And while mother and son are extremely competitive in their respective sports, Carole said she doesn’t anticipate that in the classroom. “As for being competitive, I want both of us to do our very best and succeed in the program. That will push us to try and raise the bar for each other as well.

“The thing we have talked about the most is helping each other during our sports seasons,” she added. “Time management becomes the number one strategy during our school and team demands. Having someone helping you be more efficient during those times is important.”

As has been the case throughout the course of their time at WCSU, Carole said, “I have tried to make all of my sons’ games and they try to make mine as well. As a family, we have always cheered each other on.”

At WCSU’s May 19 Commencement ceremony, the “family affair” will continue.

 

 

Western Connecticut State University changes lives by providing all students with a high-quality education that fosters their growth as individuals, scholars, professionals and leaders in a global society. Our vision: To be widely recognized as a premier public university with outstanding teachers and scholars who prepare students to contribute to the world in a meaningful way.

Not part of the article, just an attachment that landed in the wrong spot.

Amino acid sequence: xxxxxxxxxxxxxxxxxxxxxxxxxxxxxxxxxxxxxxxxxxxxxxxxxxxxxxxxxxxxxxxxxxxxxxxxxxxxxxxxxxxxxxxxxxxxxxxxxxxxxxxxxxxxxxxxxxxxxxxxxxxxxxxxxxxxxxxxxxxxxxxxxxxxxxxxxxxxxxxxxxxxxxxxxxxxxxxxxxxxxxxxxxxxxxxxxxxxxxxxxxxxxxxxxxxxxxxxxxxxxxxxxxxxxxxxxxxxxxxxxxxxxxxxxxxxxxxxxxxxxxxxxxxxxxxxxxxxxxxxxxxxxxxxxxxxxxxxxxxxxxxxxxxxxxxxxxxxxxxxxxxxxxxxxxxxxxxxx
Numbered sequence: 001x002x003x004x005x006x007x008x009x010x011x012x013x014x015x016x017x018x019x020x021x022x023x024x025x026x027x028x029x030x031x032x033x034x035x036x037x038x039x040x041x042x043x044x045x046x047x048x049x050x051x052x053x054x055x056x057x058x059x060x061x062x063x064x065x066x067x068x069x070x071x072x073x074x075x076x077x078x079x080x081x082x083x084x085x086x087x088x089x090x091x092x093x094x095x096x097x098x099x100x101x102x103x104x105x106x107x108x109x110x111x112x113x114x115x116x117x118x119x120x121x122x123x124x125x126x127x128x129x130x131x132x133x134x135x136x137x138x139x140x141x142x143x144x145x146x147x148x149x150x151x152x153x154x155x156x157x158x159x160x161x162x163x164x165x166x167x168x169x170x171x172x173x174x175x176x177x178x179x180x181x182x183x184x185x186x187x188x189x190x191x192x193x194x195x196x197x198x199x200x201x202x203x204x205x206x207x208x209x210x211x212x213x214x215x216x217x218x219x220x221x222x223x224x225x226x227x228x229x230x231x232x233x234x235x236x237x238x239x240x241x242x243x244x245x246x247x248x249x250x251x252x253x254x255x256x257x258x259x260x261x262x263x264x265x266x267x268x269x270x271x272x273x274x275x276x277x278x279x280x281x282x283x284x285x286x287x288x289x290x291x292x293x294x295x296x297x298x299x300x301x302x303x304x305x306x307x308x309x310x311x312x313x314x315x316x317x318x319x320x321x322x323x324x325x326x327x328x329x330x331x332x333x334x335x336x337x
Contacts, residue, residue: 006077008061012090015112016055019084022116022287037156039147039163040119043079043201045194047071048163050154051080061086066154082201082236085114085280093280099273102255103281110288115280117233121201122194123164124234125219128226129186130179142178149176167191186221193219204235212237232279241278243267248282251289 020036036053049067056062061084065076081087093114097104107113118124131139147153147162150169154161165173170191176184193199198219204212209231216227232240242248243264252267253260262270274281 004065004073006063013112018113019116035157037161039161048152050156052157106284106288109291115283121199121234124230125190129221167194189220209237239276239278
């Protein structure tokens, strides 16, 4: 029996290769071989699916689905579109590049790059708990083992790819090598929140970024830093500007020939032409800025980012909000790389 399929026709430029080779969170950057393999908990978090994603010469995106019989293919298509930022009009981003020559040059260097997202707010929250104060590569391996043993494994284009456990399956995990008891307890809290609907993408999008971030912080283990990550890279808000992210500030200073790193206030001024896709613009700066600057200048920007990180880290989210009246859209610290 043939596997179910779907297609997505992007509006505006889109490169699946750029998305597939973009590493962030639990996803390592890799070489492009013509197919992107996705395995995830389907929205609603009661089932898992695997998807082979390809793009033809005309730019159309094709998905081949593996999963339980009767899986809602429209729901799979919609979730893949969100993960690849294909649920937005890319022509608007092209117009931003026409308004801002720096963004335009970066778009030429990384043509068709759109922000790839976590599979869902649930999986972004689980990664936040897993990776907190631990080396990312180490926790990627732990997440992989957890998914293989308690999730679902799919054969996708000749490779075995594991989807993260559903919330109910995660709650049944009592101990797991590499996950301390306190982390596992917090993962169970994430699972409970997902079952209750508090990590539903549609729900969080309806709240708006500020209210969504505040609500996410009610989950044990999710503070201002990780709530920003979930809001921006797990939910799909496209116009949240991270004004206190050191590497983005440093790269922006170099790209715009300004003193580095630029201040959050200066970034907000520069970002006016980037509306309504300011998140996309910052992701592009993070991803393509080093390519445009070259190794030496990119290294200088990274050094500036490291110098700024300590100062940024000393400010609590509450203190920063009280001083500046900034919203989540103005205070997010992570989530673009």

WCSU Master of Fine Arts recipients to exhibit at New York gallery

Blue Mountain Gallery to host opening reception June 20 for eight featured artists

DANBURY, CONN. — Eight Western Connecticut State University recipients of the Master of Fine Arts degree in 2019 will present their works in the M.F.A. Thesis Exhibition running from Tuesday, June 18, through Saturday, July 6, 2019, at the Blue Mountain Gallery in New York.

The exhibition is supported by the Jason and Ellen Hancock Student Endowment Fund, managed by the WCSU Foundation. An opening reception for the artists will be held from 5 to 8 p.m. on Thursday, June 20, at the gallery, located on the fourth floor at 530 W. 25th St. in Manhattan. Admission will be free to the reception and the exhibition, and the public is invited. The gallery will be open for viewing from 11 a.m. to 6 p.m. Tuesday through Saturday.

The Department of Art organizes the M.F.A. Thesis Exhibition each spring as a capstone experience demonstrating the personal artistic direction and mastery of candidates for the M.F.A. in Visual Arts, expressed in the works they present for viewing. The following M.F.A. graduates will show their works in this year’s exhibition:

  • Dee Rose Barba, of New Haven. Barba, who was born in California and grew up in Stamford, earned B.A. degrees in Interior Design and Studio Art from the University of New Haven. Her two- and three-dimensional works incorporate a variety of mediums including oil on canvas and wood, pen on paper, and clay. A keen awareness of her surrounding environment inspires works that feature figurative expressionism, non-representational forms and exaggerated landscapes. Barba has shown her works in the City-Wide Open Studios festival of Artspace in New Haven and at Art Helix Gallery in Brooklyn, New York.